I'm ramping up on building a new circuit board prototype, so I figured it was time to come up with a better pump for my etchant tank. I've used bubblers of various sorts, but the best results to date have been obtained by using a pump to flow the Ferric Chloride etchant across the surface of the copper clad.
I've tried various pumps and have had the best luck with the $5 surplus windshield washer pumps. The only drawback is that after 4 or 5 boards, the acid eats through the metal shaft on the pump and that is the end of it.
I've searched all over for a cheapo pump that was chemical resistant, but I have not been successful and finding such an item that was small and cost effective. I must admit that sometimes I forget that I have a CNC mill in my garage that is capable of milling complex parts. So, I set out to build my own acid-resistant chemical pump that would fit the bill of my PCB etchant tank. Here is what I came up with.
UPDATE: After using the chemical pump on the first circuit board, the results were great, but the pump is just too powerful for this application. I ended up getting Ferric Chloride all over the place because the pump was just making a swirling vortex of etchant and it splashed quite a bit. I was quite impressed with how even and consistent the etch came out though. So, this pump will probably find use in a different application that requires a higher GPM than the etchant tank requires. I'm now starting to think that a magnetic stirrer is the way to go because the only thing that touches the acid is the stirring stick. I'll have to hit Ebay and see if I can find a magnetic stirrer/hot plate combo for a reasonable price.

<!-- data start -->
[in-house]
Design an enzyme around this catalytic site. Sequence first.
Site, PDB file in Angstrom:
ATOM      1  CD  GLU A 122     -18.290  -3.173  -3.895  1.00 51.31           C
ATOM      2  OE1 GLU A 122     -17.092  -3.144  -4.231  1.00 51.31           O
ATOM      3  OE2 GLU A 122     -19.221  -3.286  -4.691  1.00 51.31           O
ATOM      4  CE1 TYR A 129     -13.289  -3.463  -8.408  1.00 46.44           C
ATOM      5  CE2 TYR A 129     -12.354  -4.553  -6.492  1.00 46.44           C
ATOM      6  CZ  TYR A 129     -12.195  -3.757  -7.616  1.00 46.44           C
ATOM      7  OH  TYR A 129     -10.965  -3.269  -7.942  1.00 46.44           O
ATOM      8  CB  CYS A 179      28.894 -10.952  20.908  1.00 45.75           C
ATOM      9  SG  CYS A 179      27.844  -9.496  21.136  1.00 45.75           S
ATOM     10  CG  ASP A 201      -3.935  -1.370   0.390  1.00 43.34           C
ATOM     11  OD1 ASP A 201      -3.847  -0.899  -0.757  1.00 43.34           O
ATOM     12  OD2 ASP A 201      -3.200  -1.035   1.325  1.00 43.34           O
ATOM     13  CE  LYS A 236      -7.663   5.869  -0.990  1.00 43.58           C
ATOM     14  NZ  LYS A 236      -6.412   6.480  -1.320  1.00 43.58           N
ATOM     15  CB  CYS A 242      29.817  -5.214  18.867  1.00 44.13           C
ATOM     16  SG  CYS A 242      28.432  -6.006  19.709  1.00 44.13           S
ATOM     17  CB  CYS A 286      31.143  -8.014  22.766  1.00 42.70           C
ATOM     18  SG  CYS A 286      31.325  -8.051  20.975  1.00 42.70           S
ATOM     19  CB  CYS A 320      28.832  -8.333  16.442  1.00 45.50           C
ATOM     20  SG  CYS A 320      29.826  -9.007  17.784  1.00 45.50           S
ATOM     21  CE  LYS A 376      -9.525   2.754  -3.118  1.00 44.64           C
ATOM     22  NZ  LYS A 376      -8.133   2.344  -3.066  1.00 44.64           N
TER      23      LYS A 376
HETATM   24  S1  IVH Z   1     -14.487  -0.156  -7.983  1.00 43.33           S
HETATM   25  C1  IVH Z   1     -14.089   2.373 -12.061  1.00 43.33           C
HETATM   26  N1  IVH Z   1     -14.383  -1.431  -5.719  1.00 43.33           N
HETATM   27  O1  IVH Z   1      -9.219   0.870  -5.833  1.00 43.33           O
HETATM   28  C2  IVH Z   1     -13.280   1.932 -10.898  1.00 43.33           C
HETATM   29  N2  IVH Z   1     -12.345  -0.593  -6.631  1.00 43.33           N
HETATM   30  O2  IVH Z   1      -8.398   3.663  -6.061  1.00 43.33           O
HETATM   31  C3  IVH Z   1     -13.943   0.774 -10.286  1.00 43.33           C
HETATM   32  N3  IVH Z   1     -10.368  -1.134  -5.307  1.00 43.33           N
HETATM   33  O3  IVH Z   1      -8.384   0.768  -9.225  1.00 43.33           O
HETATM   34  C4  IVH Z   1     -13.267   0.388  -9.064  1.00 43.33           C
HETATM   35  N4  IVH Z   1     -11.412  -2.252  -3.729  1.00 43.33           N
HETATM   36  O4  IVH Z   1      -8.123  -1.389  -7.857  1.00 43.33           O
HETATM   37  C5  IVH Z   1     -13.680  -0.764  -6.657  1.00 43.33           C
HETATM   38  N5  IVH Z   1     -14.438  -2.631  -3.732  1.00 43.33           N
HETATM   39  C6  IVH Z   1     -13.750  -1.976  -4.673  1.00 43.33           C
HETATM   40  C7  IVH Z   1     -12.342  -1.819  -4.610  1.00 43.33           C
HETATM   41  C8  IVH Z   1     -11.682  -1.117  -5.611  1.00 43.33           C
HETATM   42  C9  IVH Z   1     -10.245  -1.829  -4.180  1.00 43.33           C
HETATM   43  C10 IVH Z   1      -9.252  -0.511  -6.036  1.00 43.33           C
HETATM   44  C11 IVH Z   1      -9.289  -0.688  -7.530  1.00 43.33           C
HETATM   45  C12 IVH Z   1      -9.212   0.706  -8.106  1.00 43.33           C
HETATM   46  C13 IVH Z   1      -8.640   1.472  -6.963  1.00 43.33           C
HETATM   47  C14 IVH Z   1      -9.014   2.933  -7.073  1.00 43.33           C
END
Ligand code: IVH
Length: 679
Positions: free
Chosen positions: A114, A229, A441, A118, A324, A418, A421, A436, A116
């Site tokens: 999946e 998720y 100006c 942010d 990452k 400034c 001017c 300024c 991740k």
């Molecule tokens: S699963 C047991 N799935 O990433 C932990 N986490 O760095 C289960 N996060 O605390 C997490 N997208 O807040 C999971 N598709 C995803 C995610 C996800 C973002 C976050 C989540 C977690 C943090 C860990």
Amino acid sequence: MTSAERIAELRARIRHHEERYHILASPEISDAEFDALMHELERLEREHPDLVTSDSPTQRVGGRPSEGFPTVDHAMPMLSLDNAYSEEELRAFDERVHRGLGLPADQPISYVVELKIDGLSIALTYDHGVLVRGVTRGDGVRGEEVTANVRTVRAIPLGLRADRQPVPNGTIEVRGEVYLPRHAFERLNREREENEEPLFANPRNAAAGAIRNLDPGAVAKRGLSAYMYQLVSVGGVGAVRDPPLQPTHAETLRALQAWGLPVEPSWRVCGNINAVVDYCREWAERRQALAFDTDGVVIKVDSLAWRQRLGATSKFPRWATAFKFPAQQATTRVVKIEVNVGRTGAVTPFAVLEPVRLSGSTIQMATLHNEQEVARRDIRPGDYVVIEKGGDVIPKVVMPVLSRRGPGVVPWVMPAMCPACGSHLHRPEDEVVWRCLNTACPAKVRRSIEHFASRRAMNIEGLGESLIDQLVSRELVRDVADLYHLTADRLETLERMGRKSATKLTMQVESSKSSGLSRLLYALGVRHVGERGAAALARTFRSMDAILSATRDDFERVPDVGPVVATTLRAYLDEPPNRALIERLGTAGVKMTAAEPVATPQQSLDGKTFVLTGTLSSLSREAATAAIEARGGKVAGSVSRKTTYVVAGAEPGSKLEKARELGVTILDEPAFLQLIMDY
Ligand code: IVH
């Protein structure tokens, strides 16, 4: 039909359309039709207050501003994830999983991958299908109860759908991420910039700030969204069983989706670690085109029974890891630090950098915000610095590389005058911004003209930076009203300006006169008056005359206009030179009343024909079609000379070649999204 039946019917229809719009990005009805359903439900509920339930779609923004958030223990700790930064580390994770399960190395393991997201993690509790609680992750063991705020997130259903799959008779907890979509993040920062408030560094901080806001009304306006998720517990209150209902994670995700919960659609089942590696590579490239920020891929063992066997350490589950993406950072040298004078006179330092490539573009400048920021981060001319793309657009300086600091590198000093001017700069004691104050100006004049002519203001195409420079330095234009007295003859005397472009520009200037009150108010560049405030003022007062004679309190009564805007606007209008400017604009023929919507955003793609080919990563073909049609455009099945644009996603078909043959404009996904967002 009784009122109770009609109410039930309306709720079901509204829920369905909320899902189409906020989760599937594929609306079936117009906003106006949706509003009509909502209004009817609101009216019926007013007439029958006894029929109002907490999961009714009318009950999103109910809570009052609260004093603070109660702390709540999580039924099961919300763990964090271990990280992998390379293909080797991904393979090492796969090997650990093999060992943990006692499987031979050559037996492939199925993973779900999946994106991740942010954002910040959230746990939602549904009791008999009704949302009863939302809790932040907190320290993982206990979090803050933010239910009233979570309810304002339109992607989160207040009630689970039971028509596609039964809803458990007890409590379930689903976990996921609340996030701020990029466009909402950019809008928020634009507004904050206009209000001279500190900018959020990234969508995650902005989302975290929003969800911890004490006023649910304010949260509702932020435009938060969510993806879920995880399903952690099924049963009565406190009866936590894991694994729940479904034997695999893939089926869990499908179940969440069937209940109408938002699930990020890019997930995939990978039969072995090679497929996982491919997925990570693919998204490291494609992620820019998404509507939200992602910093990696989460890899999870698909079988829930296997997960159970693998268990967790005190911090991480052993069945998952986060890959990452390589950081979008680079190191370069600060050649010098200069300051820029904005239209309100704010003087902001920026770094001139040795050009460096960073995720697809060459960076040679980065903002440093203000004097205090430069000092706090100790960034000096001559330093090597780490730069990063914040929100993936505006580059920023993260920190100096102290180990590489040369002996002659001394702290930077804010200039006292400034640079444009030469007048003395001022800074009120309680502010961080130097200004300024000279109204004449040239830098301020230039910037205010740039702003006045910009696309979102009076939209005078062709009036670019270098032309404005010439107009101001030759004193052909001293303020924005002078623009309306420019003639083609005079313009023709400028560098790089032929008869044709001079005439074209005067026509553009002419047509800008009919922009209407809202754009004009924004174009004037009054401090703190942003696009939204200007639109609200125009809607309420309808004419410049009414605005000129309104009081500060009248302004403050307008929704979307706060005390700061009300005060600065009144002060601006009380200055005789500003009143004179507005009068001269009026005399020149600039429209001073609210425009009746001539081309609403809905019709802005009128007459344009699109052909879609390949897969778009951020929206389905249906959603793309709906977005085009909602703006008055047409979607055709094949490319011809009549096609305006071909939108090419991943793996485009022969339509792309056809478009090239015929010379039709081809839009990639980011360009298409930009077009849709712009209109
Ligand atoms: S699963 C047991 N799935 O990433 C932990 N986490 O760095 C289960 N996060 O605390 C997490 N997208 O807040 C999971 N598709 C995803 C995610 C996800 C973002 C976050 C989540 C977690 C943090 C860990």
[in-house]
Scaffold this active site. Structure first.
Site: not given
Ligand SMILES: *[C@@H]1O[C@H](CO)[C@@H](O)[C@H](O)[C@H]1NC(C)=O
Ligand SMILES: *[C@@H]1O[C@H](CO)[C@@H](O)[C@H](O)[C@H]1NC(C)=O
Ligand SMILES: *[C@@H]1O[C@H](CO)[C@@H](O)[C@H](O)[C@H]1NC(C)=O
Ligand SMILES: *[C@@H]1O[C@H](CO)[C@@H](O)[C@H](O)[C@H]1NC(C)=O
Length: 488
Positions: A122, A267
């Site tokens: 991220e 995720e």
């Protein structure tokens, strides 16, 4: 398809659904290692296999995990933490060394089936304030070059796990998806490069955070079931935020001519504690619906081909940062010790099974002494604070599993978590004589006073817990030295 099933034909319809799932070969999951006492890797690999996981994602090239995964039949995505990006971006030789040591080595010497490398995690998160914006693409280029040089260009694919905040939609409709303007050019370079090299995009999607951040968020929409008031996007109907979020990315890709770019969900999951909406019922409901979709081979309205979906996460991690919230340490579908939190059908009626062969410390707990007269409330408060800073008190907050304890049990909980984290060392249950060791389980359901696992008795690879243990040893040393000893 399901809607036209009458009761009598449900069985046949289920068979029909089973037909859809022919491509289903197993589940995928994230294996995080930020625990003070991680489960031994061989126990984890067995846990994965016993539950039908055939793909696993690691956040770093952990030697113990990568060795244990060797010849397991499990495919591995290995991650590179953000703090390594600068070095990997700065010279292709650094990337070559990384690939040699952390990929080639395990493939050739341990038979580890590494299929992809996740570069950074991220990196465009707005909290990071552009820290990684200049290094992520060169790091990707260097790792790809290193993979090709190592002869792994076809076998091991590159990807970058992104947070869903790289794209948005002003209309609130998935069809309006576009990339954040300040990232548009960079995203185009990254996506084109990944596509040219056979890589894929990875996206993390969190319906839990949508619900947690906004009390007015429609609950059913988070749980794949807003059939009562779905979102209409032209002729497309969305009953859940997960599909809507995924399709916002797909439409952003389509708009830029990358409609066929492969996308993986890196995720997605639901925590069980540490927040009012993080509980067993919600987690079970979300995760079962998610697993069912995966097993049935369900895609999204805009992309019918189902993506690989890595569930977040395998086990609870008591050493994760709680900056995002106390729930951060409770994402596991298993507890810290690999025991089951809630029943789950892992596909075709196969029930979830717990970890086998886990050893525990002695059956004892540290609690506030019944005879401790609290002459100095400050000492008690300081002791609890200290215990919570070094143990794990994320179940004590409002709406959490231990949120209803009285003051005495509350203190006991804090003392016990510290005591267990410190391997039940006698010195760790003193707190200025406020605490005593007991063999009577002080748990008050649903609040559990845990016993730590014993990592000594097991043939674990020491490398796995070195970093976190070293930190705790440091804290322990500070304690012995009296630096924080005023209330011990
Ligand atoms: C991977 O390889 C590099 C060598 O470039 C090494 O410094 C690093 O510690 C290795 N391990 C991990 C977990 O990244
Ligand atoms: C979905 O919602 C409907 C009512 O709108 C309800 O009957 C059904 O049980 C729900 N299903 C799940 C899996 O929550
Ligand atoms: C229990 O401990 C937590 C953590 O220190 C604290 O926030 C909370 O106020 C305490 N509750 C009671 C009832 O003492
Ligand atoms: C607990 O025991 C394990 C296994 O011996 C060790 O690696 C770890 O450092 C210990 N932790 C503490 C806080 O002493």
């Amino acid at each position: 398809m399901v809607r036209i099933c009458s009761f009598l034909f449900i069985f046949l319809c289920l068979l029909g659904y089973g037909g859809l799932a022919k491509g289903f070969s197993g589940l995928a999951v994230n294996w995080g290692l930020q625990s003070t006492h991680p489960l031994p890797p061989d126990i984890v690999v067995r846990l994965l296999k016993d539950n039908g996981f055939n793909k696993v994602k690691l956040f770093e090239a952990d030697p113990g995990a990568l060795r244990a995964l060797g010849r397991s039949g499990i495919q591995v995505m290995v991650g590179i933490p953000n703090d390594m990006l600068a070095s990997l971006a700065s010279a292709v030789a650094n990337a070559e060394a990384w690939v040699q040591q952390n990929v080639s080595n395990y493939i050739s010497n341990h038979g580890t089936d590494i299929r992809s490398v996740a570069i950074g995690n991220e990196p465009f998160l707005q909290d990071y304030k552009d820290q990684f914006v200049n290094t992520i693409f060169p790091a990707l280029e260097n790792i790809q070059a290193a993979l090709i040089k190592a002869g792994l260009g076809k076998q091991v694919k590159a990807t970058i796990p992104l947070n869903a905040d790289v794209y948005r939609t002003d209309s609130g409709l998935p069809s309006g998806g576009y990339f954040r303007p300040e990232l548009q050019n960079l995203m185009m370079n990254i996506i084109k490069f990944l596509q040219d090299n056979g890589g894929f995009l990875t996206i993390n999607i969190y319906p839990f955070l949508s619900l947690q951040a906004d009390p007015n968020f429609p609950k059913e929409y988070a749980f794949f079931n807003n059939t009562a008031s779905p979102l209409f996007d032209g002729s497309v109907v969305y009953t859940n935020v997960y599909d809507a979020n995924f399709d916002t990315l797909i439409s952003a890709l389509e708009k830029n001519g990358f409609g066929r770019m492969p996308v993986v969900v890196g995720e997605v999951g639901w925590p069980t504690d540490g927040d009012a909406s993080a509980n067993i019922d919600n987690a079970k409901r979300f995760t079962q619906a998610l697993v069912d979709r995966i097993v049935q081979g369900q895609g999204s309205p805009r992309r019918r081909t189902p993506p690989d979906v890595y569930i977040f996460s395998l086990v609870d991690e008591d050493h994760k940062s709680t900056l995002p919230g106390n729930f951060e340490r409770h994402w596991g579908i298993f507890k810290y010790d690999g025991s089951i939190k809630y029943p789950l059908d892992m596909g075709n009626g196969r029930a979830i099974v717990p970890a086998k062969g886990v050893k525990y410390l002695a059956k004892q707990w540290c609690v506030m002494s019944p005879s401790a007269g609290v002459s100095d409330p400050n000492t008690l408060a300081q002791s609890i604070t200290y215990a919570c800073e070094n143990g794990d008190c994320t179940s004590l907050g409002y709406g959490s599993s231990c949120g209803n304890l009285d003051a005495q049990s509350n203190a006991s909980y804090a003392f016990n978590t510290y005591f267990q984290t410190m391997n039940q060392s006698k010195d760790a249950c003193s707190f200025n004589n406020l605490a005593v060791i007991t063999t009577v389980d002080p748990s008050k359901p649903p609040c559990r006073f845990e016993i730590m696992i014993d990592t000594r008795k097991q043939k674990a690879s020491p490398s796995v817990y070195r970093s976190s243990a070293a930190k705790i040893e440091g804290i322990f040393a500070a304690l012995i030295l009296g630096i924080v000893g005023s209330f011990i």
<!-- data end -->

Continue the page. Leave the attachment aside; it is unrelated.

The chemical pump in action!
DXF cad drawing of the proposed soulution
After cutting the parts from black Delrin stock, I chucked up the pump housing and finish cut the pump cavity to size.
The impeller was almost perfect right off the CNC mill, so all I had to do was bore the hole to size for the plastic impeller shaft.
The test setup I used worked quite well. I still have to measure the head pressure and the GPH, but I'll do that once I get the motor mount finished.
The intake side of the pump.
Here you can see how the pump goes together. Everything fits quite tight and there is minimal play in the bore and cavity to impeller clearance.
With the impeller assembly removed, you can see how I turned a piece of the black Delrin to a shaft which mates nicely with the impeller. Everything is friction fit and should stay together until pressed out.
Impeller and shaft assembly.
I drilled the pump outlet at a tangent to the impeller cavity. I really wasn't sure if there was any science to this, so I just went for it and it turned out quite nice.
The entire assembly opened up. Once I got the impeller to the correct thickness, I ran the fly-cutter across the pump housing to get the clearances as close as possible so the pressure would remain adequate. You can see some of the flycutter marks on the housing.
Motor mounts are next! I don't know how fast this pump was spinning, but when I tested it out, it sucked itself onto the bottom of the tank. I'll probably have to add a filter and some feet to keep the inlet off the bottom.